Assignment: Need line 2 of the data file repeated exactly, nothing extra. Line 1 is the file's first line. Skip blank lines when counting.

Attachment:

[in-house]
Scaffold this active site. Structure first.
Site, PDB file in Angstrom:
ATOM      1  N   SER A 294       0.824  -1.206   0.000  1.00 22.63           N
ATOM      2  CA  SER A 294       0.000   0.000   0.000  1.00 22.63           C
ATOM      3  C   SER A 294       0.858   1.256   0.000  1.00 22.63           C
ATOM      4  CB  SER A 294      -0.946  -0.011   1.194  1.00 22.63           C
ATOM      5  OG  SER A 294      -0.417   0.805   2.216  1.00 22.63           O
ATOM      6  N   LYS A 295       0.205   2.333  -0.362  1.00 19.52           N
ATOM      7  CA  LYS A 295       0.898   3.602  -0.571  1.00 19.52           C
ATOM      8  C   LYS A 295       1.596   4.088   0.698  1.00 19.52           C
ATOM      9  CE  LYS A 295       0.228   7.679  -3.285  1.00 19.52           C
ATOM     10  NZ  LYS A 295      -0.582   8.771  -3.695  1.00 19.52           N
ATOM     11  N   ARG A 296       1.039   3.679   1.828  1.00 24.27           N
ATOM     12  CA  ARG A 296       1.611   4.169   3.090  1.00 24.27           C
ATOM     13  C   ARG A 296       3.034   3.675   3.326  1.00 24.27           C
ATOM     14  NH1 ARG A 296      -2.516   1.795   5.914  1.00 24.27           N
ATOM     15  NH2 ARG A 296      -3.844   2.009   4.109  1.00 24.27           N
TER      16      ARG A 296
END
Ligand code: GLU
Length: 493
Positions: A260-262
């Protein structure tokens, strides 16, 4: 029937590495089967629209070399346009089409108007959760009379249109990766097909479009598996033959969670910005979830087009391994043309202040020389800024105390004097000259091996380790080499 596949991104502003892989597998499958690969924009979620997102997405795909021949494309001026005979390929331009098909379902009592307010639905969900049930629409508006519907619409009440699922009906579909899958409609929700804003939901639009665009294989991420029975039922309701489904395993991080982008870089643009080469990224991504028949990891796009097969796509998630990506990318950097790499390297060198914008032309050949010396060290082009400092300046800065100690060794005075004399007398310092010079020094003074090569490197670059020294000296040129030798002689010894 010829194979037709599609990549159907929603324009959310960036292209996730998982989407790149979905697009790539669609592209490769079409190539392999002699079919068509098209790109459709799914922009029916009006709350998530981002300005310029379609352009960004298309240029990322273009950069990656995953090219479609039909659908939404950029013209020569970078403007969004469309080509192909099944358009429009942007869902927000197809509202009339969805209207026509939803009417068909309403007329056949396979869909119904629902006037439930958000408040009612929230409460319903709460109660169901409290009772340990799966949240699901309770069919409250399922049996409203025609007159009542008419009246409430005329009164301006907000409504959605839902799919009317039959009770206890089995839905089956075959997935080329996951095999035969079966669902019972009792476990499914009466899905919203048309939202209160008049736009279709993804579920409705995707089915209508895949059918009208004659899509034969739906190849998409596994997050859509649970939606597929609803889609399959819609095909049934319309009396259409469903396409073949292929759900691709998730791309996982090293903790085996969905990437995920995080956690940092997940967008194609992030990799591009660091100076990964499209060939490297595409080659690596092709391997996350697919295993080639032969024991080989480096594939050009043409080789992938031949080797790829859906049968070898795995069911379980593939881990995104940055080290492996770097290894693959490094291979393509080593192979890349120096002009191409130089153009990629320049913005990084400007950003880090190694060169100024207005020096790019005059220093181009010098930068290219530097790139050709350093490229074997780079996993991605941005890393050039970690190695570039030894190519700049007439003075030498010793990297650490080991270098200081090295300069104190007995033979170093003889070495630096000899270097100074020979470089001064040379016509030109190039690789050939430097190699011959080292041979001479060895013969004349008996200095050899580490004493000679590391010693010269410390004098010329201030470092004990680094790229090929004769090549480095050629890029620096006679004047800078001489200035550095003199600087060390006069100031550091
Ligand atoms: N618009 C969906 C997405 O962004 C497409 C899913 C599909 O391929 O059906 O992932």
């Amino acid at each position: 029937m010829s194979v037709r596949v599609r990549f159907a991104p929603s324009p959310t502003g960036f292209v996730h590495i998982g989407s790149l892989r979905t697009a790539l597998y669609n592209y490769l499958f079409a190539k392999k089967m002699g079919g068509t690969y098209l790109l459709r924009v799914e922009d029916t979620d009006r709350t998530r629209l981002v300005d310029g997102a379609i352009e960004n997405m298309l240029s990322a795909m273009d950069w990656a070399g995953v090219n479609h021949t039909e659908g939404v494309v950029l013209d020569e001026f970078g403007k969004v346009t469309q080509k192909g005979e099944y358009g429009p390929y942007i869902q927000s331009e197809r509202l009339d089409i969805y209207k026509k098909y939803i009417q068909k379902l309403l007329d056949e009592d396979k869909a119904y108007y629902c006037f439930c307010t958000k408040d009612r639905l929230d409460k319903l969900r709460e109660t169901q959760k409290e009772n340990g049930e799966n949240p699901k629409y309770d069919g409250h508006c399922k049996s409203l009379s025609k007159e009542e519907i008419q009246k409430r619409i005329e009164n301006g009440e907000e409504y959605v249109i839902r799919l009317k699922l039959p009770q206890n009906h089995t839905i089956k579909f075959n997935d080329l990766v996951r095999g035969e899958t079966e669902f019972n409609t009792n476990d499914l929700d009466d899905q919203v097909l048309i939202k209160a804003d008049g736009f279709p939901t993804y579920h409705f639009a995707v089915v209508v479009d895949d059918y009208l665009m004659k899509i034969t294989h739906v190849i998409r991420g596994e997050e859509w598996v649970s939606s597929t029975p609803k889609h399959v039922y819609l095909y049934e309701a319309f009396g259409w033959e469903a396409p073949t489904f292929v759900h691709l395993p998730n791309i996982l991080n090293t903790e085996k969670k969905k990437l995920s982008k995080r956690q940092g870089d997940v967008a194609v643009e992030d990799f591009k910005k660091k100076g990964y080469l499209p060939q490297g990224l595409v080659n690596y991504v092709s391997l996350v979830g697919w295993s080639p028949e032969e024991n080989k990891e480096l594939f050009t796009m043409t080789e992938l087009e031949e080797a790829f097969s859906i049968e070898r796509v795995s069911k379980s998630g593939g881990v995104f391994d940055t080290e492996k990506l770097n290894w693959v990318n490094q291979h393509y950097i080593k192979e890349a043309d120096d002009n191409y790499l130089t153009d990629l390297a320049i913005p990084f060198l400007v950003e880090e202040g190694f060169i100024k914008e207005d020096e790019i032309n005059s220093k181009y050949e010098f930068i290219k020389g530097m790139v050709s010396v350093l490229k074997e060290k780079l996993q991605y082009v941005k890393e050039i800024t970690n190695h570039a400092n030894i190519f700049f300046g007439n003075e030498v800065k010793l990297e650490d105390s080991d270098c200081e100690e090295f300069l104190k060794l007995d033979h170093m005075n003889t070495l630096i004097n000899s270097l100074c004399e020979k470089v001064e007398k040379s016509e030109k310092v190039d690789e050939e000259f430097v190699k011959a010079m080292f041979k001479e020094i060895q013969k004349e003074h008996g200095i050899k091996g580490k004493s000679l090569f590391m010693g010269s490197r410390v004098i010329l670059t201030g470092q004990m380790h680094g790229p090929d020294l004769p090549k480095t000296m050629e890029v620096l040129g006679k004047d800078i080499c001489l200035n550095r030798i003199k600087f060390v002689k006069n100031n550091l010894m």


Scaffold this active site. Structure first.